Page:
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Let $\mathbb{D}$ denote the unit disk in the complex plane, equipped with the Poincare metric. Let us denote the group of biholomorphisms of $\mathbb{D}$ by $Aut(\mathbb{D})$.

Suppose $F: \mathbb{D}^n \rightarrow \mathbb{D}^n$ is a biholomorphic map. Then it is a standard fact that $F$ must be the composition of $n$ biholomorphisms of the disk $\phi_1,\ldots,\phi_n \in Aut(\mathbb{D})$ and an element of the symmetric group $\sigma\in\mathcal{S}^n$:

$F(z_1,\ldots,z_n) = (\phi_1(z_{\sigma(1)}),\ldots, \phi_n(z_{\sigma(n)}))$

and further that the group of biholomorphisms of $\mathbb{D}^n$, $Aut(\mathbb{D}^n)$ is the semidirect product of $Aut(\mathbb{D})^n$ and $\mathcal{S}^n$.

BUT, while this seems completely plausible to me, I can't quite convince myself that it is true, nor can I find a satisfactory reference. Any suggestions?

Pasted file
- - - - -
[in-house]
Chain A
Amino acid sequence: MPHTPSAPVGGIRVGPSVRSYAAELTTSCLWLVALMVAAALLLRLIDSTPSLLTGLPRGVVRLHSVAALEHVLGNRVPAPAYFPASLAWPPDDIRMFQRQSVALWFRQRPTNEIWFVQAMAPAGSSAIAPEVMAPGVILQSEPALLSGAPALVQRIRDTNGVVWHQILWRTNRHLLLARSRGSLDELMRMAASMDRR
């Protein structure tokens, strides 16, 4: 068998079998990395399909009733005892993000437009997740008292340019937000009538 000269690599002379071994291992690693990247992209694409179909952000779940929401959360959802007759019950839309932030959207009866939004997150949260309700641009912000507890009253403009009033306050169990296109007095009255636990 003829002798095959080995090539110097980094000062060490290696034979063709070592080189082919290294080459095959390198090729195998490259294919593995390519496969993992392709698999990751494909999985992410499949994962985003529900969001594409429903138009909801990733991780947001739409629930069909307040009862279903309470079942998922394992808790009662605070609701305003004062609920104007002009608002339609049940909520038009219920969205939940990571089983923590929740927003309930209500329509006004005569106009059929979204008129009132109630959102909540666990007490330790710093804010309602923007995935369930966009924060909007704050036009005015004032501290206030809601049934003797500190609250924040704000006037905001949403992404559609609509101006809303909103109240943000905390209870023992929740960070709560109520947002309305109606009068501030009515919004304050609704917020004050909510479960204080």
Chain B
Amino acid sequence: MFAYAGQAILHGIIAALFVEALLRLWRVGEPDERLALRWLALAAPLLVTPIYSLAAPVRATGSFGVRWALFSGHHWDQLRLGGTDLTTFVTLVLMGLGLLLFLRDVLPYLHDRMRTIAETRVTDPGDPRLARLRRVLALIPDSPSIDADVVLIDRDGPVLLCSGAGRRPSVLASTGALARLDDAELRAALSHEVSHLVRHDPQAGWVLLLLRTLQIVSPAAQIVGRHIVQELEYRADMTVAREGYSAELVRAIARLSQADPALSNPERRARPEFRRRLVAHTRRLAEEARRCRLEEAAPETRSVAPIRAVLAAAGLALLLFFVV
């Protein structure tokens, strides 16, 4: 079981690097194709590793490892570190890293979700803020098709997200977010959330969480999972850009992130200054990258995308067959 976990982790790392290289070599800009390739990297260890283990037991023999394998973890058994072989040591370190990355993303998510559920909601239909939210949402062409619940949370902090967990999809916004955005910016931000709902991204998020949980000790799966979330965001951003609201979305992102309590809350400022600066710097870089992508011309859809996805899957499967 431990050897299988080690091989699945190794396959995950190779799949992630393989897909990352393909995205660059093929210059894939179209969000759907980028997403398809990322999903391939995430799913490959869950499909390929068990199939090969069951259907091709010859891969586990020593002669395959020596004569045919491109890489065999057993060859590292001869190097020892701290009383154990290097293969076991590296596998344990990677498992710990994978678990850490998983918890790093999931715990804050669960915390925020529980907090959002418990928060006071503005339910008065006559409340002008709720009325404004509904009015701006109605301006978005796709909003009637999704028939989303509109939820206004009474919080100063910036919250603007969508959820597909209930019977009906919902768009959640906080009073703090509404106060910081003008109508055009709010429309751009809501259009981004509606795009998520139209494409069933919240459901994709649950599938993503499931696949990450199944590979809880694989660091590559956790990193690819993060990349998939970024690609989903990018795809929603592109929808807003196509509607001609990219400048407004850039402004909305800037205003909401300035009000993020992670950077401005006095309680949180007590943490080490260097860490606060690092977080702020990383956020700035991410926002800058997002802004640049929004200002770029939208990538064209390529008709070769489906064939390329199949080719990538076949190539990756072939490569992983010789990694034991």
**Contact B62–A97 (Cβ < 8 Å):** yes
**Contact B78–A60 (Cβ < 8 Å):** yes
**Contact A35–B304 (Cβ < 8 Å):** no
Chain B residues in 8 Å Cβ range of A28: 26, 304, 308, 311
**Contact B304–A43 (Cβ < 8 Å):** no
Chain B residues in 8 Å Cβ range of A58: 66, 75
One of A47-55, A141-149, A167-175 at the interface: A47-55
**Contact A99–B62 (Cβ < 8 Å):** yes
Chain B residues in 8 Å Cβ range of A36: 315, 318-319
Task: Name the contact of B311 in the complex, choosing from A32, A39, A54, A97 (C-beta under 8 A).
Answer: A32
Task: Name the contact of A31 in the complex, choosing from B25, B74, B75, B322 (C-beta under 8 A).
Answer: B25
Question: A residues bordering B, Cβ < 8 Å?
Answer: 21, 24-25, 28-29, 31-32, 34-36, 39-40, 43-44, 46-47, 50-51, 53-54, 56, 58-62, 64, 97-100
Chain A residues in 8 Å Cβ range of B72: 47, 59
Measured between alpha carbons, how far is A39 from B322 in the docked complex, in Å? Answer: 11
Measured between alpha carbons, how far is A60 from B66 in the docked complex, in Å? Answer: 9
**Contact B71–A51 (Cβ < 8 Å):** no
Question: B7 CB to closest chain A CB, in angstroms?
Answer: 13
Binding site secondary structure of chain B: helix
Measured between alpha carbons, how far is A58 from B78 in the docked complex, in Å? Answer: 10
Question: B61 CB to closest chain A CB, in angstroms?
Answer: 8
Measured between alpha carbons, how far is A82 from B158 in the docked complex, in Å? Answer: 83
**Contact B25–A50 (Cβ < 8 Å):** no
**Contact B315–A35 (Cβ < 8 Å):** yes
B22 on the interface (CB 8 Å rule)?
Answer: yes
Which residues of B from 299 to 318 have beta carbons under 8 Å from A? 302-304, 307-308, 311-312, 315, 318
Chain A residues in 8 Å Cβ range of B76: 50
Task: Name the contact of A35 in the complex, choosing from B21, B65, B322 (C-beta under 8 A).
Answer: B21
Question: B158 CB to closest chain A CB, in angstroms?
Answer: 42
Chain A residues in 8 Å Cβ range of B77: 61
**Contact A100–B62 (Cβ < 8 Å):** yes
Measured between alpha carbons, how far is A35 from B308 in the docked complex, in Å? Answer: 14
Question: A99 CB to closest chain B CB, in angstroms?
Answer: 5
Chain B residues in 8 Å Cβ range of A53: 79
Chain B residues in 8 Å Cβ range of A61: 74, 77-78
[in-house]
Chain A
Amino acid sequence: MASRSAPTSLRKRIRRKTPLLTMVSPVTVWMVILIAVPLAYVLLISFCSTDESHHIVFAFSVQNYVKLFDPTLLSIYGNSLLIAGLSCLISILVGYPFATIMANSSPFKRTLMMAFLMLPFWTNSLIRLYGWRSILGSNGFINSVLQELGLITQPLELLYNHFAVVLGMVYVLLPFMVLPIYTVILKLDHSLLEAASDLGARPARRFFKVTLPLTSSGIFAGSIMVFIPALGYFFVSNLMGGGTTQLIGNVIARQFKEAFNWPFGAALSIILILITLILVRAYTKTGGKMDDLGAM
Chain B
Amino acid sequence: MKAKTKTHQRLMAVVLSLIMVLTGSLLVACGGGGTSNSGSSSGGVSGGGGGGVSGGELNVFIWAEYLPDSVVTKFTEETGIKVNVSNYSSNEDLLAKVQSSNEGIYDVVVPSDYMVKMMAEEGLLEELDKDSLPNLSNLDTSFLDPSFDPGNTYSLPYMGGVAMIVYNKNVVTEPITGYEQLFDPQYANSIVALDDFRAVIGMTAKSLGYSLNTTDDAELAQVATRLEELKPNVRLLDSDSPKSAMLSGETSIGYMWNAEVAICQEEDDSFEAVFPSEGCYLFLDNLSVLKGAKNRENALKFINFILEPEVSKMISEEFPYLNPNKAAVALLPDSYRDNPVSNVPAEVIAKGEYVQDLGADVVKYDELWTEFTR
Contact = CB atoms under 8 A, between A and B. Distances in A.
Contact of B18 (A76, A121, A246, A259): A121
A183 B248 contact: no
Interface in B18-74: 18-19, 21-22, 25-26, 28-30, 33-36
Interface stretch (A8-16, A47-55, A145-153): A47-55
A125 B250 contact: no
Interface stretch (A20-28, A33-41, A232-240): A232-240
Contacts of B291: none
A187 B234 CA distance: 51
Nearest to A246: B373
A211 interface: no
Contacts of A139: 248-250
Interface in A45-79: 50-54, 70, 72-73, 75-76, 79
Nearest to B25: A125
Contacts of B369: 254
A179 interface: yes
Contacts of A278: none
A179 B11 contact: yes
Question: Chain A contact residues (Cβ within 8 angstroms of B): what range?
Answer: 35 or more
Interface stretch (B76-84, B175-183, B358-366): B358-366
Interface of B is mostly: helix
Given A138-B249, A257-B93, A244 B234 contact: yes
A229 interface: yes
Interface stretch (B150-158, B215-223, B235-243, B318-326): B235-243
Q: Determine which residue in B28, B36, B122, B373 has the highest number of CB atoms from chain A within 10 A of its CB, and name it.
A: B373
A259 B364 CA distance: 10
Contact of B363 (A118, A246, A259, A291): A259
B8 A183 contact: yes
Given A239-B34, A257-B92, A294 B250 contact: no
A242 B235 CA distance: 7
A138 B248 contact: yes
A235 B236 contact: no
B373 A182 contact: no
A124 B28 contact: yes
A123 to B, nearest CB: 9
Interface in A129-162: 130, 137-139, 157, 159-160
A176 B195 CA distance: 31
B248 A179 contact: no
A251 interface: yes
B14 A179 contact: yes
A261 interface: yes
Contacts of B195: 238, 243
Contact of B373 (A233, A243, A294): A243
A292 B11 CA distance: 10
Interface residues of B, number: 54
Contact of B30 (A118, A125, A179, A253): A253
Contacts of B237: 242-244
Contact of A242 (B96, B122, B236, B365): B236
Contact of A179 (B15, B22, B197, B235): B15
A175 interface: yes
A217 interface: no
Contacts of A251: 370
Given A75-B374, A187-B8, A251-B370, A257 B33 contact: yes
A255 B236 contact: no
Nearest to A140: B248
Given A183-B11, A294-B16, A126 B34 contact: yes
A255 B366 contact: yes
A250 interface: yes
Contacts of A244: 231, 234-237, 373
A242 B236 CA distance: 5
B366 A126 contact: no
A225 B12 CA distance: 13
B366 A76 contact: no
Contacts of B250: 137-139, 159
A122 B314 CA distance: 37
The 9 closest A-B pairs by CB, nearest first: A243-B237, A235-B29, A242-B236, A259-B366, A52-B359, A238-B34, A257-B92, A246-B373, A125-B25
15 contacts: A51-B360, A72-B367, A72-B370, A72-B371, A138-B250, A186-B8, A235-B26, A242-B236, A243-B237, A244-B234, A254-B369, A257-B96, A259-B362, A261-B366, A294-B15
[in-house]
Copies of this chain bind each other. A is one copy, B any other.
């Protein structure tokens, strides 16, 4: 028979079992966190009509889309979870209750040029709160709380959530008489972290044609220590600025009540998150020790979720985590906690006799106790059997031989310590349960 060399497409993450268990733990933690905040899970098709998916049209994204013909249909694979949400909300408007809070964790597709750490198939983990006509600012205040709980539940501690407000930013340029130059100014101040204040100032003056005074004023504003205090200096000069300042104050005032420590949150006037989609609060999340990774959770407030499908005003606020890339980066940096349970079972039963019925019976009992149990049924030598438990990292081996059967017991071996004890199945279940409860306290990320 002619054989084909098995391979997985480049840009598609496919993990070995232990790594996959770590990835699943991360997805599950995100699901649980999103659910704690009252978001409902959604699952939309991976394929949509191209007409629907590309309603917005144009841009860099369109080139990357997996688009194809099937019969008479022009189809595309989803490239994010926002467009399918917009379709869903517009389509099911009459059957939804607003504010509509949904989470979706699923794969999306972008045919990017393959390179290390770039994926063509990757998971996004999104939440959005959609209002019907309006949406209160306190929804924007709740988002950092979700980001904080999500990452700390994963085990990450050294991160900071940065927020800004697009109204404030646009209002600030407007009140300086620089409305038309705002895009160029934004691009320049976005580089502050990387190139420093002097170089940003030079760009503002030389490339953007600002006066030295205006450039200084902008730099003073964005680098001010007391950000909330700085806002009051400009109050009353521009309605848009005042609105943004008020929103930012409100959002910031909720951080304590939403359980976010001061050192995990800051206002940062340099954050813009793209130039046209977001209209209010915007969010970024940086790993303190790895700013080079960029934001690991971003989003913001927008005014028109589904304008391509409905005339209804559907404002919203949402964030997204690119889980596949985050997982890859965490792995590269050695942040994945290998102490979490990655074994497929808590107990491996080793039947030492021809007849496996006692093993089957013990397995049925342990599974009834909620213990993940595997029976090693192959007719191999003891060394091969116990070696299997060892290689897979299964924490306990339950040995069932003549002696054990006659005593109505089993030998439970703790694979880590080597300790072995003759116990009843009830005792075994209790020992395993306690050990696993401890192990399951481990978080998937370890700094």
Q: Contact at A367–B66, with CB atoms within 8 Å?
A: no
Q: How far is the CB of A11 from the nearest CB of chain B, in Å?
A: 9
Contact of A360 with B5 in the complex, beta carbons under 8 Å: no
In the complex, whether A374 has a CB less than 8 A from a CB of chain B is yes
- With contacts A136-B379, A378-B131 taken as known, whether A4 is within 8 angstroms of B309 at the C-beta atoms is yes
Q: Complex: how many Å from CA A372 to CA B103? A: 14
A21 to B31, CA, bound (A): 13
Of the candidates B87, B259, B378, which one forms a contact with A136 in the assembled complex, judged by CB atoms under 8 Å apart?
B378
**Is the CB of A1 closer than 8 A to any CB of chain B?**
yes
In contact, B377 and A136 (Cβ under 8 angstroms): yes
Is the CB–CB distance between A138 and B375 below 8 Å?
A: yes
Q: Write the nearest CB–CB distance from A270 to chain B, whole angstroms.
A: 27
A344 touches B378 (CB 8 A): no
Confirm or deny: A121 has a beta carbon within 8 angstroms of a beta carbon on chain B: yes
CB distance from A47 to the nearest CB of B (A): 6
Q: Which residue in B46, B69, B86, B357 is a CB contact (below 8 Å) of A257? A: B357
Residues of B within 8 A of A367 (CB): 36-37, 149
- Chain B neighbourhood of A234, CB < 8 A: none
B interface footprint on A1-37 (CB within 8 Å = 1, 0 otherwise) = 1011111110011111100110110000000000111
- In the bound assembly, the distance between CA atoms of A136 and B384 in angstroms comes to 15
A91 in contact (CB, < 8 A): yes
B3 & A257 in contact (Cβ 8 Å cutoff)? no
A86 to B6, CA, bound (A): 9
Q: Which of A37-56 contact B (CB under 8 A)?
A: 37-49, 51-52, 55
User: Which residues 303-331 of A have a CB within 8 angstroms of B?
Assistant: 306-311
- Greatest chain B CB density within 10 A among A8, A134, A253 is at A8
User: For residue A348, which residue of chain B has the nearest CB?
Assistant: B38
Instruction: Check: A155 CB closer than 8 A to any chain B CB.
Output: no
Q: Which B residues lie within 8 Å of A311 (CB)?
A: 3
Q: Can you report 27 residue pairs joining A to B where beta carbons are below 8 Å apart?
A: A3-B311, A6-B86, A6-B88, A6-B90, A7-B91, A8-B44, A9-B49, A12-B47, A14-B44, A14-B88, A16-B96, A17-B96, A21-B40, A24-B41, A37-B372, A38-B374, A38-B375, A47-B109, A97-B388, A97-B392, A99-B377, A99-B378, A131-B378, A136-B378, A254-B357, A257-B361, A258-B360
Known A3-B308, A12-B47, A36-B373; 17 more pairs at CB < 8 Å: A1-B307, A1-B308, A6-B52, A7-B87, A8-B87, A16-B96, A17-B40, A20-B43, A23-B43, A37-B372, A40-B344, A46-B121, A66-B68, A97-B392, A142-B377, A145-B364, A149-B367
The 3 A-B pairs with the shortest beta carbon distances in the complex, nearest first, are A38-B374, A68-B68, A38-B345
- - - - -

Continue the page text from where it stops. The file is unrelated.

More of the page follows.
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up vote 1 down vote accepted

$\newcommand{\Aut}{\operatorname{Aut}}$Isn't that covered in any textbook on several complex variables? For instance, Krantz, Function theory of several complex variables, chapter 11 has a few pages on $\Aut(\mathbb{D}^n)$.

An outline of one way to do it (and this is what Krantz does) is to do the following

  1. Assume that $\Omega$ is a bounded circular domain with $0 \in \Omega$ and that $\phi \in \Aut(\Omega)$ with $\phi(0) = 0$. Then $\phi$ is linear. (Proof: Look at the Jacobian of $\phi$ and use linear algebra.)

  2. Let $\phi \in \Aut(\mathbb{D}^n)$ with $\phi(0) = \alpha$. Compose $\phi$ with a mapping $\psi = \left( \dfrac{\alpha_1-z_1}{1-\bar\alpha_1 z_1}, \ldots, \dfrac{\alpha_n-z_n}{1-\bar\alpha_n z_n} \right)$ so that $f = \psi \circ \phi$ satisfies $f(0) = 0$. By 1., $f$ is linear, and after that it's just some bookkeeping to show that the linear map is basically a permutation.

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Thanks, thats exactly what I was looking for –  Daniel Mckenzie Jan 30 '13 at 9:48
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